... by later writers, and must receive still greater modifications before it can be accepted by the best scientists of to-day. It has been called "the grandest generalization of the human mind;" and if it shall finally be so modified as to pass from a tentative hypothesis to an accepted philosophy, declaring the modes of a divine worker rather than the necessities of blind force, it will still be worthy of ...
— Recreations in Astronomy - With Directions for Practical Experiments and Telescopic Work • Henry Warren

... deals also with the generic, and evades embarrassing particulars in a generalization. We say Tragedy with the dagger and bowl, and it means something very different to the aesthetic sense from Tragedy with the case-knife and the phial of laudanum, though these would be as effectual for murder. It was a misconception ...
— The Function Of The Poet And Other Essays • James Russell Lowell

... genus to another species until no further subdivisions can be made. This last indivisible species is termed the infima species. Every genus may be a species to another genus until a point is reached where no further generalization may be made or the summum genus is attained. In the Patent Office classification of the useful arts, the summum genus is useful arts. The summum genus of the plastic arts would be plastics. ...
— The Classification of Patents • United States Patent Office

... I had better cite two or three of these cases before proceeding to a more generalized account. One must know concrete instances first; for, as Professor Agassiz used to say, one can see no farther into a generalization than just so far as one's previous acquaintance with particulars enables ...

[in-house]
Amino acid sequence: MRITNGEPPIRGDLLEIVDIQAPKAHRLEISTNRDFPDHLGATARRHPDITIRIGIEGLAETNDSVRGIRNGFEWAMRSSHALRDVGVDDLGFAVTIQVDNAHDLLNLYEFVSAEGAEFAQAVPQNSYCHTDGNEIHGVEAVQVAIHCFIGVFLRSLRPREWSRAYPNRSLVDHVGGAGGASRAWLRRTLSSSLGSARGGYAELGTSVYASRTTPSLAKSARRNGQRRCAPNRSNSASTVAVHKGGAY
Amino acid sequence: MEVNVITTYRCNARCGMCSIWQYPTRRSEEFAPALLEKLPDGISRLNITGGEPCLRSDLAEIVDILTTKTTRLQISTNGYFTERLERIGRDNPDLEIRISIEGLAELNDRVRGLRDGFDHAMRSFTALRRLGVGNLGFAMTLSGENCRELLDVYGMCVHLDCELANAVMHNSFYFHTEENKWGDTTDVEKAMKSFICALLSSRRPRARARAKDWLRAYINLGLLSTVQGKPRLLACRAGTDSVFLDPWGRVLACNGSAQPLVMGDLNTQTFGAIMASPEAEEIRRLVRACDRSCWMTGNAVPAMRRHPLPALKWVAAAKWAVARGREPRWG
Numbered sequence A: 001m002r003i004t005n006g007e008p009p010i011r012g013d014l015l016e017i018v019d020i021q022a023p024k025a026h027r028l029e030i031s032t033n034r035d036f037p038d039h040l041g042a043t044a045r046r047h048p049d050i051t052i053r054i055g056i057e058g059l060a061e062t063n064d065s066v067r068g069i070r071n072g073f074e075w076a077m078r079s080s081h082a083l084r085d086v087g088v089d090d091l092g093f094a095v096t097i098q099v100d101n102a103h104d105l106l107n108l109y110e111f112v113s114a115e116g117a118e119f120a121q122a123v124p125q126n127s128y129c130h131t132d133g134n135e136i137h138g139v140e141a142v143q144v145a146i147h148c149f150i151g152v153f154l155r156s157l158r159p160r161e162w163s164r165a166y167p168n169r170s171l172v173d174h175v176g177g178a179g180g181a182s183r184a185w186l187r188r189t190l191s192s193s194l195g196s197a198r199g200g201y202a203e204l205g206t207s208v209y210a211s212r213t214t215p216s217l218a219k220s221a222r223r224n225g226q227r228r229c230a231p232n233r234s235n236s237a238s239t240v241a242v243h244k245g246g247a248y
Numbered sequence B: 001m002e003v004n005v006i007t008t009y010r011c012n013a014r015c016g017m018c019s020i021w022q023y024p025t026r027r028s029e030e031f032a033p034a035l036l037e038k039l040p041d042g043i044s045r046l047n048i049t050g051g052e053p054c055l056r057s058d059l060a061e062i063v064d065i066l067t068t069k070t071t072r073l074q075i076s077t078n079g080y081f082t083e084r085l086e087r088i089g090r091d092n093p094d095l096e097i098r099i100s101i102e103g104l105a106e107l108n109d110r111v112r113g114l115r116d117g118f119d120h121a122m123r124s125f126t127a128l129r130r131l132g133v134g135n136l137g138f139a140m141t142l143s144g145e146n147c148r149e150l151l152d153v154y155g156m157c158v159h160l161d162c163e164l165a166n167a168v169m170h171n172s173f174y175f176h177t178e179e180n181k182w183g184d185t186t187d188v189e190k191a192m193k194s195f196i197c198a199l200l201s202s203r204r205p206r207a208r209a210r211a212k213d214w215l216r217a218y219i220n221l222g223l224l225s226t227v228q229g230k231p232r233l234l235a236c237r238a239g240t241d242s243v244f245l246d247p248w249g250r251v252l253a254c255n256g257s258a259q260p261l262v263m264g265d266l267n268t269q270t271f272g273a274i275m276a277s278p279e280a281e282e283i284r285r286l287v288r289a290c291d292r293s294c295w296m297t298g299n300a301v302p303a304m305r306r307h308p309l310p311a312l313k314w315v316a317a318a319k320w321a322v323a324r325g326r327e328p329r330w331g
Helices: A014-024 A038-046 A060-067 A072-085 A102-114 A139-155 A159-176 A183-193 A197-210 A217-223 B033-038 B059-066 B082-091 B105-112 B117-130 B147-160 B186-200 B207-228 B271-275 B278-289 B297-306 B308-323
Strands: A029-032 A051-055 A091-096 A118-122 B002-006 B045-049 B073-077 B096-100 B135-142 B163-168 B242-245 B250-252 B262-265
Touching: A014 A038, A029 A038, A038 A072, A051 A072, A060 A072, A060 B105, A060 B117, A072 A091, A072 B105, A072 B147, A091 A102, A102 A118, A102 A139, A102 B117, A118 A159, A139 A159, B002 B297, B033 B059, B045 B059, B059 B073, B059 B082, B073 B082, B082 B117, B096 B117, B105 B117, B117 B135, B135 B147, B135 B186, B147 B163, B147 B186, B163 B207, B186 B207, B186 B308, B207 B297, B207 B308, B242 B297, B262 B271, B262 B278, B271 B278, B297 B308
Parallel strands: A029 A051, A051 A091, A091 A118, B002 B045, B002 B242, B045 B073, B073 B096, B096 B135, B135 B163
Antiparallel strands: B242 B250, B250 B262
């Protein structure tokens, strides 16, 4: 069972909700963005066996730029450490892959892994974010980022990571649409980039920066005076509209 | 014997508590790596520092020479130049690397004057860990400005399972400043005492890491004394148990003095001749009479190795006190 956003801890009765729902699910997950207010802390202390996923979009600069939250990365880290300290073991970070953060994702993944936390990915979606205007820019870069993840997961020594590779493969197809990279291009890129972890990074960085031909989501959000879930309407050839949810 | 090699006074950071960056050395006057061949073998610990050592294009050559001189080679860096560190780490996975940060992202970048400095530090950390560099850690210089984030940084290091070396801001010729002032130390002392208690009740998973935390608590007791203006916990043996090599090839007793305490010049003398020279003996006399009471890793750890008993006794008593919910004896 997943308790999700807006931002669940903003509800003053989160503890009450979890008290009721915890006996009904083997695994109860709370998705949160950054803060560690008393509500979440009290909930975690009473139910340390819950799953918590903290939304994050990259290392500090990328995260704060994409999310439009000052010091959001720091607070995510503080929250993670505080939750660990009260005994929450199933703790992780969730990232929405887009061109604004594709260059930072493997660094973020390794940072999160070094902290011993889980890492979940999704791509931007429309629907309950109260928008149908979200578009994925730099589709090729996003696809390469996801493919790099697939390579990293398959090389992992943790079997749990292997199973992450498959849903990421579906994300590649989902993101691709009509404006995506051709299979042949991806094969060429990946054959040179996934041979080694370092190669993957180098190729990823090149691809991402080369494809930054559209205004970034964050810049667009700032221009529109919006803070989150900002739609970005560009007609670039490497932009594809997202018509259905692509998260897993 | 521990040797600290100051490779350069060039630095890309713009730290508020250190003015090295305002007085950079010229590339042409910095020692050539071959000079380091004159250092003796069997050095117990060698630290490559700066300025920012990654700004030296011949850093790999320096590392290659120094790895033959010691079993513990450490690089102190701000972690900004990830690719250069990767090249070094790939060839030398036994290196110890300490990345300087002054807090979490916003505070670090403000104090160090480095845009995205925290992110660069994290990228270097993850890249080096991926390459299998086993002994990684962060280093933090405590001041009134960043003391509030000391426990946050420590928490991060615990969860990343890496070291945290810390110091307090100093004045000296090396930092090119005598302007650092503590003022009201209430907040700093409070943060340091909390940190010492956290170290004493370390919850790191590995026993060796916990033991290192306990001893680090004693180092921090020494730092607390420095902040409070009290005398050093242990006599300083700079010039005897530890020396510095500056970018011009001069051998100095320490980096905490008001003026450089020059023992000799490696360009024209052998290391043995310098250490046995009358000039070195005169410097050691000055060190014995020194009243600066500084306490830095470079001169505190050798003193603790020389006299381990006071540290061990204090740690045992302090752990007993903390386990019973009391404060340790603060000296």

— The Varieties of Religious Experience • William James

... The courses of study which are laid down for students in European and American universities, represent simply the condensed judgment of centuries of experience and induction as to the means by which the human intellect may be most surely strengthened and developed. They are the results of long generalization, and are founded deep on a knowledge of the human mind. Shall we venture to depart from the old ways, and to decry the customs handed down to us from the ages gone by? Do we not know that the wisdom of twenty centuries, as to the best means for developing ...
— The Education of American Girls • Anna Callender Brackett

... (such as the soul-superstition, which, in the form of subject- and ego-superstition, has not yet ceased doing mischief): perhaps some play upon words, a deception on the part of grammar, or an audacious generalization of very restricted, very personal, very human—all-too-human facts. The philosophy of the dogmatists, it is to be hoped, was only a promise for thousands of years afterwards, as was astrology in still ...
— Beyond Good and Evil • Friedrich Nietzsche

... and diagram-like outline as may be possible or intelligible, the main characteristics of the two schools, completing and correcting the details of comparison afterwards; and not answering, observe, at present, for any generalization I give you, except as a ground for subsequent ...
— Aratra Pentelici, Seven Lectures on the Elements of Sculpture - Given before the University of Oxford in Michaelmas Term, 1870 • John Ruskin

... the concrete fact, then generalization, and then merely a repetition of the traits marked in the first scene, with the addition of bragging. Evidently Shakespeare has the model in memory as he writes. I say "evidently," for Falstaff is the only character in Shakespeare that repeats the same words with damnable iteration, and in whom ...